EMRFD Message Archive 8237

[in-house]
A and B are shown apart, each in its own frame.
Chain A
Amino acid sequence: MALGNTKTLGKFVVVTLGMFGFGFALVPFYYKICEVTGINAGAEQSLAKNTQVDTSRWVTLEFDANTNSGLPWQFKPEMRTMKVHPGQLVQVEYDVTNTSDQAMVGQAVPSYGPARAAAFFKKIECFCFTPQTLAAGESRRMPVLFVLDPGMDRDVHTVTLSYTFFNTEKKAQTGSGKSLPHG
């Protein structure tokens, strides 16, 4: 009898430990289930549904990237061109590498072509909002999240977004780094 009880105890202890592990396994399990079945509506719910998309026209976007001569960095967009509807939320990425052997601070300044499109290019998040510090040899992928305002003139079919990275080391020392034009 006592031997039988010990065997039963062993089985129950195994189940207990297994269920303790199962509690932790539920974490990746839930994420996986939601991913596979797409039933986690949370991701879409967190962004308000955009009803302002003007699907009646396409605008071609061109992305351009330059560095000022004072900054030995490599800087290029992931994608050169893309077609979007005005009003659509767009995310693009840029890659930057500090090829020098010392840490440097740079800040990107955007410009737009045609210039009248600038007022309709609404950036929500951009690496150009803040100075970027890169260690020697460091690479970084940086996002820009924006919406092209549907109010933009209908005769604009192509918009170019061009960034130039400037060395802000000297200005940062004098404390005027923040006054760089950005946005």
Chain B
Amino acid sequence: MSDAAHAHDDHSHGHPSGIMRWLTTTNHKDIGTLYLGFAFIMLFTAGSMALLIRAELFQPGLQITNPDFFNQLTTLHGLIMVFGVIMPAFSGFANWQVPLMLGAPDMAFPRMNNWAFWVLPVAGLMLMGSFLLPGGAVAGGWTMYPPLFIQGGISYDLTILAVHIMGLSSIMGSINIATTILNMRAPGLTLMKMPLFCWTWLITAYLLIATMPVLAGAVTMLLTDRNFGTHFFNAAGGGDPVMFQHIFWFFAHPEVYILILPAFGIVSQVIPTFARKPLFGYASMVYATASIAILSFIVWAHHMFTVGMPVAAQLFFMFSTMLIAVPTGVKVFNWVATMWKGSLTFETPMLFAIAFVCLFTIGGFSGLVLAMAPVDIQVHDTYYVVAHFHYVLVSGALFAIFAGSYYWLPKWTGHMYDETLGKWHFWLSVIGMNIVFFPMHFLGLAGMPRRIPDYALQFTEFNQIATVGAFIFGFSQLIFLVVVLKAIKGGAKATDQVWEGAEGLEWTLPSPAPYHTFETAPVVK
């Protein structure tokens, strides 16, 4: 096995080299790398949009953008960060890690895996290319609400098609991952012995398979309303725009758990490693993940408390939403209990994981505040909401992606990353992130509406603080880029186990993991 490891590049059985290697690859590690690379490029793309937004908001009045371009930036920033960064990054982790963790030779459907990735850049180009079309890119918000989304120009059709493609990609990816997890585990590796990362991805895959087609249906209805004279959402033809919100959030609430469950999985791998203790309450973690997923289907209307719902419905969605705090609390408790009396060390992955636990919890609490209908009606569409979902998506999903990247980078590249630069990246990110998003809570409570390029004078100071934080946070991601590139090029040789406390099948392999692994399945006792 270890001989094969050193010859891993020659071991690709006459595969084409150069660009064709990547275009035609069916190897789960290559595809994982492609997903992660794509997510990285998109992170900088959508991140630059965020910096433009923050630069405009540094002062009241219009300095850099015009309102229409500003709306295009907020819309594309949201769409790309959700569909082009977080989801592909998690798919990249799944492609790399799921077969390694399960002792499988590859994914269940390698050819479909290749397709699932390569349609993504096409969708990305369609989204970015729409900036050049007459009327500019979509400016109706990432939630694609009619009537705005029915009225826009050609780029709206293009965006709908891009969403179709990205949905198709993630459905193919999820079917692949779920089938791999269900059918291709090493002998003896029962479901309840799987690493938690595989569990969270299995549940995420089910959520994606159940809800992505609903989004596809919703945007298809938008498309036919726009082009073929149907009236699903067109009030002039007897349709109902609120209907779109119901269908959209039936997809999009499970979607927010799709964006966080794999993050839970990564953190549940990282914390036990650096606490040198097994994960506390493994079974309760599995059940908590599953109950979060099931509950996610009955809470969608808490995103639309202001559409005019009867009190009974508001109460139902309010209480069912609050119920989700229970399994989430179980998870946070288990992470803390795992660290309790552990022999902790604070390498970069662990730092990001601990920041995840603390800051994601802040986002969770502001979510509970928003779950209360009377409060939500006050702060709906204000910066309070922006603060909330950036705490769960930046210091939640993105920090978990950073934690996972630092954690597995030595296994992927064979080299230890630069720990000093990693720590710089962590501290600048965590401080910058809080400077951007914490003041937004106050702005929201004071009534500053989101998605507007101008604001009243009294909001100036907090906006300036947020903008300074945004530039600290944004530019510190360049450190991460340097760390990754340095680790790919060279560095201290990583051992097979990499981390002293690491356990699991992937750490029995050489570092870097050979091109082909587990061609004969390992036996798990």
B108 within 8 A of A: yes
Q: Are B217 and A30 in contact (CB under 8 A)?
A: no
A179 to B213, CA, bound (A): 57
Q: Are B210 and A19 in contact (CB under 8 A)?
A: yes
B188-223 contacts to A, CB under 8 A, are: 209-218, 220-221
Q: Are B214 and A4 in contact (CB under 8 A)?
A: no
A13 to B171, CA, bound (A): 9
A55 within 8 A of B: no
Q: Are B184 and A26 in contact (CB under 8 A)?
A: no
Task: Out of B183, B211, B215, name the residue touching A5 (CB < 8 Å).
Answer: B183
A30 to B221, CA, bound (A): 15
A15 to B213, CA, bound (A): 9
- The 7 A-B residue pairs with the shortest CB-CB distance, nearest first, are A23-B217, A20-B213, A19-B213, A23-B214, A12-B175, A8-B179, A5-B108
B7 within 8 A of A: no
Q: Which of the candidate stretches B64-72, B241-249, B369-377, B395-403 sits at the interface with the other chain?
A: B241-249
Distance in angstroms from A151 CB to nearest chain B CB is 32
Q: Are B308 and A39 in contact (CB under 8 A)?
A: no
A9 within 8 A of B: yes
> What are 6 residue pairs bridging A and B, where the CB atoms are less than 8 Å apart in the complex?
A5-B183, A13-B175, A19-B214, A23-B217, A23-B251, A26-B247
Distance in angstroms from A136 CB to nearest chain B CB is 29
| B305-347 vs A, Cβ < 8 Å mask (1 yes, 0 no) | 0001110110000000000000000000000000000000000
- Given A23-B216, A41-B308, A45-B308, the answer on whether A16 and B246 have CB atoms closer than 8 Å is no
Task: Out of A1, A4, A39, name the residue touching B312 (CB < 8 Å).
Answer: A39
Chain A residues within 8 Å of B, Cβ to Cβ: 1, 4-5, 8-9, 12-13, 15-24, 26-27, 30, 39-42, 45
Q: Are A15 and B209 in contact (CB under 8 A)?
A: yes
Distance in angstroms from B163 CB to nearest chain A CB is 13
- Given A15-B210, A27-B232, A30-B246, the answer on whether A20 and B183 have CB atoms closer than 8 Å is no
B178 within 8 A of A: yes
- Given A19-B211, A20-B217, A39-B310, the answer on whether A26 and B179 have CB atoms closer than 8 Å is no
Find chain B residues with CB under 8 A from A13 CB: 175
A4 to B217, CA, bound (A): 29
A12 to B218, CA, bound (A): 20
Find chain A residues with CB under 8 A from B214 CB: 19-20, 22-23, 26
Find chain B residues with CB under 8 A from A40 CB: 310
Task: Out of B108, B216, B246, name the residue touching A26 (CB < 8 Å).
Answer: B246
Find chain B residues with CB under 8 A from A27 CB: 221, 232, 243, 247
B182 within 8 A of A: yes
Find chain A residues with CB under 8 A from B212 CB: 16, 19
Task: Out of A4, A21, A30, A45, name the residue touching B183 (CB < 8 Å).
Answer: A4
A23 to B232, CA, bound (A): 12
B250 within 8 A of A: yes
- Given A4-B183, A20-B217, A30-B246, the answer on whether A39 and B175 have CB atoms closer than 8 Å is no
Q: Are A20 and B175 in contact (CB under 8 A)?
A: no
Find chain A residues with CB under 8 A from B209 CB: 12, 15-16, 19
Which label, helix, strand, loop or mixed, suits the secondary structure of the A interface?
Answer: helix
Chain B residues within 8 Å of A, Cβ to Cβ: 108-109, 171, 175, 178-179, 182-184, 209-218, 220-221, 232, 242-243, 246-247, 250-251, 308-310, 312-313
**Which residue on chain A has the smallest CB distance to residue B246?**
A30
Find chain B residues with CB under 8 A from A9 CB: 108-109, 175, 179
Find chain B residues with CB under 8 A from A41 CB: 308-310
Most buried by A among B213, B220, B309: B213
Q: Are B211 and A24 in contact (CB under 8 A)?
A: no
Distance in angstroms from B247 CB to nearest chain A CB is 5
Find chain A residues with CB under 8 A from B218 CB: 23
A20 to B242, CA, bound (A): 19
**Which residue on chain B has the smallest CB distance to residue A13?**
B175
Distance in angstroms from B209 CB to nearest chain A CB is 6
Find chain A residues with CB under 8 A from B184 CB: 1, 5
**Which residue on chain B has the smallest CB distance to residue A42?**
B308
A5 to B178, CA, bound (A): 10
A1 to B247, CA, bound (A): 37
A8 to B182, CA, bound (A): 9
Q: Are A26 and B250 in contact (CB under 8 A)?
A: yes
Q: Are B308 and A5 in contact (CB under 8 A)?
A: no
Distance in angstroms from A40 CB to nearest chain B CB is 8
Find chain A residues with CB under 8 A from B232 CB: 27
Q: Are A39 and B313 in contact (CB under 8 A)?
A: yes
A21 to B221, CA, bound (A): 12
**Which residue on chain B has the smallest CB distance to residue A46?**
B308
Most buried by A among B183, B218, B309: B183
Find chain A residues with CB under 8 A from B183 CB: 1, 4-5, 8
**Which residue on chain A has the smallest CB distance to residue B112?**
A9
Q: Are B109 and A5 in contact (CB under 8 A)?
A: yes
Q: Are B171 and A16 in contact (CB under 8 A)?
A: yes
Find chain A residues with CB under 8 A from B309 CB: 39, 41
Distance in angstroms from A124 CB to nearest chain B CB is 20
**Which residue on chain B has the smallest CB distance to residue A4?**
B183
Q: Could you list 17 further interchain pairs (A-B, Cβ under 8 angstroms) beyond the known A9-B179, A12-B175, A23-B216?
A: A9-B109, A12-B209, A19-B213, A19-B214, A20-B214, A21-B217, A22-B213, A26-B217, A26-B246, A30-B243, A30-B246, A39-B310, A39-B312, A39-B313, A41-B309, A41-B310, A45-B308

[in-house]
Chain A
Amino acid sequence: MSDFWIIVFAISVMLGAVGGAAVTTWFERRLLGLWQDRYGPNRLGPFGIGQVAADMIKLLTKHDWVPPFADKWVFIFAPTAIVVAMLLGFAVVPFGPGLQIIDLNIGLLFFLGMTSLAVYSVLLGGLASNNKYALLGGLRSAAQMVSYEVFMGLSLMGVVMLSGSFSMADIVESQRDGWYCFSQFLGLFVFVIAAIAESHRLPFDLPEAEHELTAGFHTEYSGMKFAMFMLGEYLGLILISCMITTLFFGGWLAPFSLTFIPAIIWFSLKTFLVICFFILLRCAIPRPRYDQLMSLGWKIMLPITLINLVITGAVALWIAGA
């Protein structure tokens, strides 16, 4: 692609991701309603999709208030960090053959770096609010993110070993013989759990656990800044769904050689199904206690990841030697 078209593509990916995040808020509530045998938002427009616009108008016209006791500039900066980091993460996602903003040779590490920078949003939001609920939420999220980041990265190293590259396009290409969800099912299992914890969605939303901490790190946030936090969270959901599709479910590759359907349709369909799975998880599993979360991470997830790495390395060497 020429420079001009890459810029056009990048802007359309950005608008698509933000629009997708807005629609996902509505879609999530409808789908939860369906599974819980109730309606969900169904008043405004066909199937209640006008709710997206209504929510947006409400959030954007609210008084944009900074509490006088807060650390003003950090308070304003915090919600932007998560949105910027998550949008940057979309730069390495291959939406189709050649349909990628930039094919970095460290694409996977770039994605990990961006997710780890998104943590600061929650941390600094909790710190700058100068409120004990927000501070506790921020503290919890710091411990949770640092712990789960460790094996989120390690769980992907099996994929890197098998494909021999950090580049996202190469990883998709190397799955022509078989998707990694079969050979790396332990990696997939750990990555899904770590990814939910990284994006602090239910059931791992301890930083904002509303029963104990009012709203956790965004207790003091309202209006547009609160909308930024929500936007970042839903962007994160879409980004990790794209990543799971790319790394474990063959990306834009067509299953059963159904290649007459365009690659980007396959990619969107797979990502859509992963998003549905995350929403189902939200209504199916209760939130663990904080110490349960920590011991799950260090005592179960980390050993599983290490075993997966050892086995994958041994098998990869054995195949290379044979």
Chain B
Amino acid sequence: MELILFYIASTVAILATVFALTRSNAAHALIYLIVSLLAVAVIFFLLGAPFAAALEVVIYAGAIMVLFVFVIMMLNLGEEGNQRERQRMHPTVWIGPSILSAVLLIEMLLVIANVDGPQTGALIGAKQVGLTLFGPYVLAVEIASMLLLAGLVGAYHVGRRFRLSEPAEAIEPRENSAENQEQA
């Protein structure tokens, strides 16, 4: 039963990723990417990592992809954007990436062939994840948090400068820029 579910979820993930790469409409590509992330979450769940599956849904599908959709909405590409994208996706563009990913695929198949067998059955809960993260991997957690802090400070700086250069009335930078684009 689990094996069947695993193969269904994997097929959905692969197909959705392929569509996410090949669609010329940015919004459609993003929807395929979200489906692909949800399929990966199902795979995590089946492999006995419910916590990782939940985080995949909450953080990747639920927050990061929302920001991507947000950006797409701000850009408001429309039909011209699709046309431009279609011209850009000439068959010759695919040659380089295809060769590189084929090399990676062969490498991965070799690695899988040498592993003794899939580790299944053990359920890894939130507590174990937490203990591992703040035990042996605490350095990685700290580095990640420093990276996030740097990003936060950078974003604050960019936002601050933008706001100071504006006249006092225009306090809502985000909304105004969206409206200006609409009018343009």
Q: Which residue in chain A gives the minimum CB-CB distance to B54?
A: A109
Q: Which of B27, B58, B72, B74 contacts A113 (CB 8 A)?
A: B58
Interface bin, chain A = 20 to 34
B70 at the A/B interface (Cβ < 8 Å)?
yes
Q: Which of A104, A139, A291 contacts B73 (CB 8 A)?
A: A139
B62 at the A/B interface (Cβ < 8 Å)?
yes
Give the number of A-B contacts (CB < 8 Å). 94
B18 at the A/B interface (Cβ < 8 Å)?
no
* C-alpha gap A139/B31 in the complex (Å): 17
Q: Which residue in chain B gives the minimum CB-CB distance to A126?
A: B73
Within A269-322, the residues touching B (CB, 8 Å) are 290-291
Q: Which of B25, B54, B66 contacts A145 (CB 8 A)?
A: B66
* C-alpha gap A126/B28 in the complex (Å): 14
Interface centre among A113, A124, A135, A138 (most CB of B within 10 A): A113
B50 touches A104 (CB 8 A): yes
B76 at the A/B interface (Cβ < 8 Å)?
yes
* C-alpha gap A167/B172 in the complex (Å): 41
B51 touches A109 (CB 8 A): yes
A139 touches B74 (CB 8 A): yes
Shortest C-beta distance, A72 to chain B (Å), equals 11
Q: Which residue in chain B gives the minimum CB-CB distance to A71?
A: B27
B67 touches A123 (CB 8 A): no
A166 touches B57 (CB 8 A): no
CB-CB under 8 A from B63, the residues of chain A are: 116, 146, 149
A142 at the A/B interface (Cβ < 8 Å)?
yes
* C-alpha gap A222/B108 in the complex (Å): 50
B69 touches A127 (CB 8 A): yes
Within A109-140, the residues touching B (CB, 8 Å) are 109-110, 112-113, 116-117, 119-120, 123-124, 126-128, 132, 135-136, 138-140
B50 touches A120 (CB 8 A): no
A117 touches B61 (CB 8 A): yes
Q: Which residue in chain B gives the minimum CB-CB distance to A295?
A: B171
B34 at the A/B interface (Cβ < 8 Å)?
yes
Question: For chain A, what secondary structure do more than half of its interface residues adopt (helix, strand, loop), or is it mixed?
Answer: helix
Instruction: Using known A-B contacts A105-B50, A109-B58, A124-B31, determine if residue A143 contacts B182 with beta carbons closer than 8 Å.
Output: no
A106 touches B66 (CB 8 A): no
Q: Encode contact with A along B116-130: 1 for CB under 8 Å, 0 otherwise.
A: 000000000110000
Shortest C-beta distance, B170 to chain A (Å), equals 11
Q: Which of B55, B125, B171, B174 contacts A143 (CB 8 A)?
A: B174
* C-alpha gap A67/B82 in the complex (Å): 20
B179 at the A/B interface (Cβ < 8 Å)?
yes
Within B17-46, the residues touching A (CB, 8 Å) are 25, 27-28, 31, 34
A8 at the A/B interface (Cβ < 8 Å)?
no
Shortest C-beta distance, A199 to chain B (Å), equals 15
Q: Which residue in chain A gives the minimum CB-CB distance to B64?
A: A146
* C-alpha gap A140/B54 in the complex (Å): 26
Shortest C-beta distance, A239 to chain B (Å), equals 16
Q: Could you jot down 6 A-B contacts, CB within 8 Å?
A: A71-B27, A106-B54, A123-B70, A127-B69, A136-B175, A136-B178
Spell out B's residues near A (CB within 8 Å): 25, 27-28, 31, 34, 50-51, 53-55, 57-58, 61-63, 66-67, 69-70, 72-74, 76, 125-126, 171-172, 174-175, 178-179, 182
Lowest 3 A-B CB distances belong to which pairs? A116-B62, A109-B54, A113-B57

8237 2013-02-07 17:18:36 Nick Kennedy Series & parallel mode crystal oscillators Message Date From Subject The notion of series and parallel mode crystal oscillators has always confused me a bit. When you test a crystal to measure its parameters, you see a series resonant peak and then an anti-resonant null quite a bit higher in frequency, where the holder capacitance resonates with the Lm & Cm combination. I had an idea that that might be the "parallel" mode, but it's not. There's a simple Pierce crystal oscillator as figure 4.25 of EMRFD. The crystal goes from collector to base and a 220p capacitor goes from base to ground. Since collector and base voltages are 180 degrees out of phase, it seems that this crystal plus capacitor network must shift the phase of the driving voltage at the collector by 180 degrees. That's parallel mode? And how much frequency difference are we talking about, in general, to go from one more to the other? I modeled this circuit in LTSpice with some real 8 MHz crystal data. I saw the out of phase voltages but didn't learn much else. I have in my shack the Pierce oscillator as transistor / crystal checker of figure 72 of SSDRA and also a plain old Manhattan Colpitts crystal oscillator. I thought I'd see how one crystal (a 7122 kHz HC49/U for "novice" CW) would act in the two oscillators. In the Pierce oscillator with switchable 150p, 100p, 50p feedback capacitors I got 7123.9, 7124.2 and 7124.7 kHz for an average of 7124.24 kHz. In the Colpitts oscillator I got 7124.3 kHz with a 35p capacitor in series with the crystal already on the board. Shorting that capacitor out I got 7122.4 ... so it's trending toward its nameplate value? In this case, the "load" capacitance is the series combination of the divider capacitors of 270p and 470p or 171p. Probably my closest comparison is with the 150p capacitor in the Pierce and 171p in the Colpitts giving 7123.9 and 7122.4 kHz for a difference of 1.5kHz higher in the Pierce. Looking just at the network (crystal in series with 220p) in LTSpice in the frequency domain, I see that the phase across the 220p capacitor changes fairly quickly from approximately 0 degrees just below series resonance to 180 degrees just above it. Maybe 1kHz or so to make the transition. So, does the series mode (Colpitts) oscillator operate just below series resonance where there's ~0 phase shift and the parallel mode just above it, where there's ~180? For the same specified frequency, would a crystal made for parallel mode have a slightly lower resonant frequency than a series mode crystal, if both are made for the same load capacitance? 73- Nick, WA5BDU [Non-text portions of this message have been removed] There's a good article here; http://www.foxonline.com/ Go to Support then Crystal Oscillator Theory and Quartz Crystal Design Notes. Also here; http://www.qvstech.com/Engineering-Tech-Info.aspx Go to Crystal Application Notes. These are a fairly random pick from my files; most crystal manufacturers will have similar notes I expect. Kerry VK2TIL. Its really simple: Series resonance is the crystal intrinsic series resonance. when a crystal is specified to work as parallel resonance then it also specifies the parallel resonance frequency for a specific load capacitance, usually 10pF to 30pF. This means that if the crystal is specified to have a parallel resonance frequency of 7MHz for a load of 22pF than that's exactly what it would do. If you connect it to a circuit that will show the crystal a much higher capacitance than the one specified for the crystal parallel resonant frequency (as in your example) then the actual parallel frequency will get closer to the series resonant frequency. Victor - 4Z4ME Thanks. From the Fox definition, I'd gather that both Colpitts and Pierce oscillators are "parallel mode" oscillators, since both have capacitors across the crystal's terminals. The fact that one needs a 180 degree phase shift through the network isn't part of the definition. They do say that "Because of the fact that the frequency resulting from the addition of capacitance is higher than the series resonant frequency, it is usually called the parallel frequency, though it is lower than the true parallel frequency." And both oscillators have "load" capacitance equal to the series sum of the feedback capacitors and the tuning capacitor, if any. Right? One of the QVS-Tech papers says that the Pierce oscillator operates within 5 to 40 ppm of the series resonant frequency. Surely they mean the series resonant frequency which includes the effect of the feedback capacitors, not the inherent series resonant frequency of the crystal itself. (?) If the same crystal were operated in a Pierce and a Colpitts oscillator having the same total load capacitance, what would be the operating frequency for each? I'd guess they'd be close but the Pierce would be maybe a couple hundred Hz higher, for a 7 MHz crystal. Maybe I should try it on the bench. 73- Nick, WA5BDU OK, I did give it a try. Same crystal in a Pierce (figure 4.25) and a Colpitts (figure 4.24) oscillator, with capacitors adjusted to give the same loop ("load") capacitance. Two 2N3904s from the same lot. I measured all the capacitors and saw that they were close to the marked value. Since I didn't have a buffer amplifier, I experimented with my 10x probe to my frequency counter and decided that there was too much pull (by listening in my receiver) on the Pierce, so I checked frequencies by zero beating in my receiver. I think I could read within 10Hz or so. With my 7122kHz HC49 crystal I got: Pierce: 7123.885 kHz Colpitts: 7124.125 kHz So they're within 760 Hz but I thought the Pierce would be higher. Does this mean something, or is it about the tolerance of my capacitors, plus strays and other error factors? To check the sensitivity to small changes in C, I added 4.7p in parallel with my 33p "tuning" capacitor on the Colpitts oscillator and the frequency increased by 805 Hz. So It might be too close to call as to whether the Pierce might be higher if the load capacitances were somehow made exactly equal. But I think it's safe to say that with either oscillator type and the same load capacitance, the frequencies will be pretty close. 73- Nick, WA5BDU > If the same crystal were operated in a Pierce and a Colpitts oscillator > having the same total load capacitance, what would be the operating > frequency for each? I'd guess they'd be close but the Pierce would be > maybe a couple hundred Hz higher, for a 7 MHz crystal. Maybe I should try > it on the bench. > > 73- > > Nick, WA5BDU > > > [Non-text portions of this message have been removed]